Ten Top Tips for Businesswomen

How women can ensure they are competing on a level playing field

  1. Seek out the right mentors – Many businesses have formal mentoring programmes in place but it can often be hard to create the right chemistry between a mentor and a mentee. Actively seeking out mentors with whom you “click” can be more beneficial. Mentors do not necessarily need to work with you – those from outside your workplace can sometimes offer a more balanced view.
  2. Get a sponsor – Sponsorship is arguably more important than mentorship as it can have a direct impact on promotion and career development. Sponsors are generally people who work within your team or organisation.
  3. Continually look to upgrade your skill-set – For example, digital literacy is one area that is becoming increasingly relevant and important in the workplace.
  4. Do an MBA/EMBA/SEP – Further study can be a great way to boost your networks and career prospects EMBAs (Executive MBAs) and SEPs (Senior Executive Programmes) are becoming increasingly popular as they offer flexible study options and are less time-intensive than an MBA/ making them easier to fit around family and career commitments. The 30% Club offers scholarships for EMBA programmes at Henley, Oxford SAID and London Business Schools.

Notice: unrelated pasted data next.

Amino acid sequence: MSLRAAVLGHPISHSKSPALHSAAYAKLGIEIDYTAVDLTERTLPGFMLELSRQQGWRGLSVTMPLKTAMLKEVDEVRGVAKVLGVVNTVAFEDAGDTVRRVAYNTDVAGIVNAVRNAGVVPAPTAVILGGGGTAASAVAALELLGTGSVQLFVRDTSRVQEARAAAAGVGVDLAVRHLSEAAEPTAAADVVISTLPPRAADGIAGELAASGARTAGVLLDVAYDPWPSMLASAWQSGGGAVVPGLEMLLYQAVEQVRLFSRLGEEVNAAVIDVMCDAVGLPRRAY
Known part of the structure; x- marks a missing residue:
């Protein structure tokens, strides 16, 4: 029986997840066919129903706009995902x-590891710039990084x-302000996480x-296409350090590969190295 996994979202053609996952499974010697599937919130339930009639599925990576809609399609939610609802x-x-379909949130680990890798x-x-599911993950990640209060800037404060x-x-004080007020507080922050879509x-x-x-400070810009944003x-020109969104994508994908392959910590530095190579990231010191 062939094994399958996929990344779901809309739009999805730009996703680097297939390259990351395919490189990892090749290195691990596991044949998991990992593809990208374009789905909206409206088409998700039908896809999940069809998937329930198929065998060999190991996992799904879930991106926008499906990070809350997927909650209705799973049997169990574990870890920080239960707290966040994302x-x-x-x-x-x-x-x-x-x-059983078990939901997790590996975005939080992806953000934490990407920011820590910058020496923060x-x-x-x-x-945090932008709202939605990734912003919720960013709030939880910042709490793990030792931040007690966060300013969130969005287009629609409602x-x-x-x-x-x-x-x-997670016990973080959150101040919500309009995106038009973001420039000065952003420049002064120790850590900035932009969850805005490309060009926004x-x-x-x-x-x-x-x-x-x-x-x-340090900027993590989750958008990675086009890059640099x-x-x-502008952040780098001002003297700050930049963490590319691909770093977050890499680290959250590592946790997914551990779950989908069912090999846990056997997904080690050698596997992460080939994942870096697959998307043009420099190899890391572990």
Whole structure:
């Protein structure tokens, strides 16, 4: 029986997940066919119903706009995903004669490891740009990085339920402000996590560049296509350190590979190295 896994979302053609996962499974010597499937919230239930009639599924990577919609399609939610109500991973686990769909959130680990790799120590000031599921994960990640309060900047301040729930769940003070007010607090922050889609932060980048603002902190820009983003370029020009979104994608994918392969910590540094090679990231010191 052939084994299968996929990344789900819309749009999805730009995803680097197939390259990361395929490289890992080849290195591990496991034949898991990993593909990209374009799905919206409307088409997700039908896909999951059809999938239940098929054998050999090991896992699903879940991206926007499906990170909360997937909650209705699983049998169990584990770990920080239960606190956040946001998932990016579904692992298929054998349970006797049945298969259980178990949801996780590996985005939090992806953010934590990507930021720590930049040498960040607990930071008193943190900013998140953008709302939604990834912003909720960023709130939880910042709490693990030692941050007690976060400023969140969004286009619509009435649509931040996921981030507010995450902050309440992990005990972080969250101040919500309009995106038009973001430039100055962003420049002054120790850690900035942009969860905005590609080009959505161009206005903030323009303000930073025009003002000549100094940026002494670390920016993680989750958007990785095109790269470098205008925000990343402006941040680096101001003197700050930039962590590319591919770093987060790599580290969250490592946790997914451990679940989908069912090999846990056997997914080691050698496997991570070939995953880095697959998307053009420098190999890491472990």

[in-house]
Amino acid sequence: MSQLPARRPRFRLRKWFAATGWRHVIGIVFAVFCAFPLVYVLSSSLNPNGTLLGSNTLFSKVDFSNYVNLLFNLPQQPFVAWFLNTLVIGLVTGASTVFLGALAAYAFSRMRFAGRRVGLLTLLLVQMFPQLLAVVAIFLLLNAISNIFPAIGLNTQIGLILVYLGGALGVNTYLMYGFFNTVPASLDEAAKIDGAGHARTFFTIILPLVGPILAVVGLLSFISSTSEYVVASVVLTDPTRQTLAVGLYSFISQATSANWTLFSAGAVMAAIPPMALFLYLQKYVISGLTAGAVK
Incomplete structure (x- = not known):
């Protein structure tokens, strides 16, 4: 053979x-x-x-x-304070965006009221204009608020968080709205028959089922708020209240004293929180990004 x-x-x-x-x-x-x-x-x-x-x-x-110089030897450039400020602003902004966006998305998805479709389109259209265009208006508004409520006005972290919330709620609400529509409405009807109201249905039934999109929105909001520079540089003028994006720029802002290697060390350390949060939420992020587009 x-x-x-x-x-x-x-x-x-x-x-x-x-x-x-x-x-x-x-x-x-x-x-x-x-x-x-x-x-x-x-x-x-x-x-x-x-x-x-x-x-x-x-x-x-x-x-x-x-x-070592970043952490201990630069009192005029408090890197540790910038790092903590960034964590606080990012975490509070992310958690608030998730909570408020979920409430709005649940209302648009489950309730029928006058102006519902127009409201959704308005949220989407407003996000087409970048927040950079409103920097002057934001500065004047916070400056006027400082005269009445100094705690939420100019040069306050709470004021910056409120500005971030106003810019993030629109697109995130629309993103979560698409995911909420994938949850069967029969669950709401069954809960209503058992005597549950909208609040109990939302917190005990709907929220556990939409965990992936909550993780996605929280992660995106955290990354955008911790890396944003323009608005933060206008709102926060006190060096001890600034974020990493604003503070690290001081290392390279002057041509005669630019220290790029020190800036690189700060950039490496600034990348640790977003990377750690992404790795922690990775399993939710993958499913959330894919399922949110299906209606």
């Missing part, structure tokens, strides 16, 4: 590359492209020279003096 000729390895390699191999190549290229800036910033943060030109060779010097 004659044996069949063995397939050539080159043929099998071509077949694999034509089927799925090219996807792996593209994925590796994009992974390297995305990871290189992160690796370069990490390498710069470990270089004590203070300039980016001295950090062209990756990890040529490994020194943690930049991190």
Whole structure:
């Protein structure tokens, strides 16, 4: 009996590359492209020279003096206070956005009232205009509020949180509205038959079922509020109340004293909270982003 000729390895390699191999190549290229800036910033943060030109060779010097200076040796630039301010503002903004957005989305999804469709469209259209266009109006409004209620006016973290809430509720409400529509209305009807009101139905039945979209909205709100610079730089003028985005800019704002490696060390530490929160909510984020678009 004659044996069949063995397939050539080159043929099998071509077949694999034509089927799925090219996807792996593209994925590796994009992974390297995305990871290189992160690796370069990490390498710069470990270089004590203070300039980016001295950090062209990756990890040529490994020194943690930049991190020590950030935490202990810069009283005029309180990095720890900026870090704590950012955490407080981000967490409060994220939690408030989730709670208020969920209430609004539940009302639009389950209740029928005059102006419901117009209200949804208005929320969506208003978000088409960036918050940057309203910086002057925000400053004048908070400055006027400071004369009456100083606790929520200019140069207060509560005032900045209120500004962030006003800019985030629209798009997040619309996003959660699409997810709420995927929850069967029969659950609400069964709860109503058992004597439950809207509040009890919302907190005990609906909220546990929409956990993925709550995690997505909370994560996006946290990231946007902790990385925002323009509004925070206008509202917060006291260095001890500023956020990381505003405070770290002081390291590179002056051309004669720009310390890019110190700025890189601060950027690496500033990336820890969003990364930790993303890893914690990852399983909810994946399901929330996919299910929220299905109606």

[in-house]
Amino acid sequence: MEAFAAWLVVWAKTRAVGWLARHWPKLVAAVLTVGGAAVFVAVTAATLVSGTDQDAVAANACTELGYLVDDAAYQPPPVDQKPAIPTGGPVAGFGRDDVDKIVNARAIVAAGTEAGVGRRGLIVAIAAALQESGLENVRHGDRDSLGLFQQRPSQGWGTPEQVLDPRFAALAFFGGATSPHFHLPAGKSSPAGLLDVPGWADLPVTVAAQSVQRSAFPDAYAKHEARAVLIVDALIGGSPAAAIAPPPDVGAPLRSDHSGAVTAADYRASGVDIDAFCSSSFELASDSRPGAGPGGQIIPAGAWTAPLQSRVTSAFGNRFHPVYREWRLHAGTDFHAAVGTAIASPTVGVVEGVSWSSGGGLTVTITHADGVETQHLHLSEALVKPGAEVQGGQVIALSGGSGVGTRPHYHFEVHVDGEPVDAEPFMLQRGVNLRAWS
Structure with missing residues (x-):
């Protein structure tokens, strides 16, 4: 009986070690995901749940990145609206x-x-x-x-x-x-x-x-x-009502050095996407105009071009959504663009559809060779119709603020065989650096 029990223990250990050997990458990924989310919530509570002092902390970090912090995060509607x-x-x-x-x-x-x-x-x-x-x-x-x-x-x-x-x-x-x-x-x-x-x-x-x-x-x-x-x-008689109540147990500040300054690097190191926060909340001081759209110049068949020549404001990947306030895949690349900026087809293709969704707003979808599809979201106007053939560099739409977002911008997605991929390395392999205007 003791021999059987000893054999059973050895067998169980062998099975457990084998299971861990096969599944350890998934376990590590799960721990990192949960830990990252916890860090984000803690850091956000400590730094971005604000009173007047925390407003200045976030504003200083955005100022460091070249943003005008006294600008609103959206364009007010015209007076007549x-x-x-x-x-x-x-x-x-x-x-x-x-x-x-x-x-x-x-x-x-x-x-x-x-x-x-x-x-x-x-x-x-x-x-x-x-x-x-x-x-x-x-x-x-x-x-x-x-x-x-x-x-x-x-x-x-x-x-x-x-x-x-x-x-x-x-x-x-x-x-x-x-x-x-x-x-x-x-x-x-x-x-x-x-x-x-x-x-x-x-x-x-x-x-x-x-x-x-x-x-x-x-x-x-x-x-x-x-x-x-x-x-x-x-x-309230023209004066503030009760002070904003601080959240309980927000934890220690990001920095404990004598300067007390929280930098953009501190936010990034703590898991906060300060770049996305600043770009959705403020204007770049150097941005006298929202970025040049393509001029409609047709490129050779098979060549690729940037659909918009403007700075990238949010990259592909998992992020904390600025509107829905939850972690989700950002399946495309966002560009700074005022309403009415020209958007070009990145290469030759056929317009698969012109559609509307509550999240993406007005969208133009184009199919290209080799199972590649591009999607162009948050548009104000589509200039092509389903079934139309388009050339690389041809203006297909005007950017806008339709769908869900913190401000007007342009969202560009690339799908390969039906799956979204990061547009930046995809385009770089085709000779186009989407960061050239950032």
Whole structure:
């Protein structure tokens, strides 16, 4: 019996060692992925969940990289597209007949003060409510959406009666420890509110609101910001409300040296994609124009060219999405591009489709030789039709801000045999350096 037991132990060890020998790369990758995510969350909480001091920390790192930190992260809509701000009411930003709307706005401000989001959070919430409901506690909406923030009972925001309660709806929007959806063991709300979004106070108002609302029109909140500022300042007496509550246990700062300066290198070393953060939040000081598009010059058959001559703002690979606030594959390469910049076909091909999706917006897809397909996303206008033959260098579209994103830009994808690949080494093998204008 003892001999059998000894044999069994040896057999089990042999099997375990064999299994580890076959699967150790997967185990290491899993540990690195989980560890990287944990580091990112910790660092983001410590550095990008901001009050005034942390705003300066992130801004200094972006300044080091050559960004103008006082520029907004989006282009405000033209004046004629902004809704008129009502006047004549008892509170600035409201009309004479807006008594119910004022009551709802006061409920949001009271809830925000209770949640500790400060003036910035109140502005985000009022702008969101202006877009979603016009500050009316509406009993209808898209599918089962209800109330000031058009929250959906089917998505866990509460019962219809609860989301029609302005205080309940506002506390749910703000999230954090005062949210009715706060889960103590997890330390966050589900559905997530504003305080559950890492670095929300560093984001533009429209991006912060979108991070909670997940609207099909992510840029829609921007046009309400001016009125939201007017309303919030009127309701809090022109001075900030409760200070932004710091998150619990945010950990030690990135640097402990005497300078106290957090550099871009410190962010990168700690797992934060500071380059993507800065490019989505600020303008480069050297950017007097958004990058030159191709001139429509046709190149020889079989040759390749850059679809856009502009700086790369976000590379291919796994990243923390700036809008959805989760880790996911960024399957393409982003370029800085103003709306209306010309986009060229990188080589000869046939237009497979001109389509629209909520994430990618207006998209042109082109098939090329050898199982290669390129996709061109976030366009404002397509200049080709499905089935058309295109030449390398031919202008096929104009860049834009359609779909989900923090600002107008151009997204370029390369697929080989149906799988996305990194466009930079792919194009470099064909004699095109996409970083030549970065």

5. Build great networks – Do this both internally and externally because strong relationships are key to success in business
  6. Be proactive about voicing your achievements – Women are often less vocal than men and less keen to blow their own trumpet”.
  7. Ask for feedback – Consistent and open feedback brings clarity and direction.
  8. Listen to but do not dwell on criticism – Women can often overly focus on negative comments. Instead, use them as areas for improvement.
  9. Be open about balancing personal and professional commitments – Everybody, male and female, is trying to balance commitments. Being open can prevent misunderstandings.
  10. Do not be afraid to ask – Whether it’s for pay rises or promotion, if you don’t ask, you don’t get.

Would you like to gain an extra hour every day to help you to work ‘smarter’?

The end of British Summer Time means a well-deserved lie-in on Sunday morning for many people. For me, it will be an opportunity to get up at Saturday’s time to enjoy something I love – walking in the beautiful Surrey Hills. How will you choose to make the most of your extra hour?

Do you have enough hours in your working day?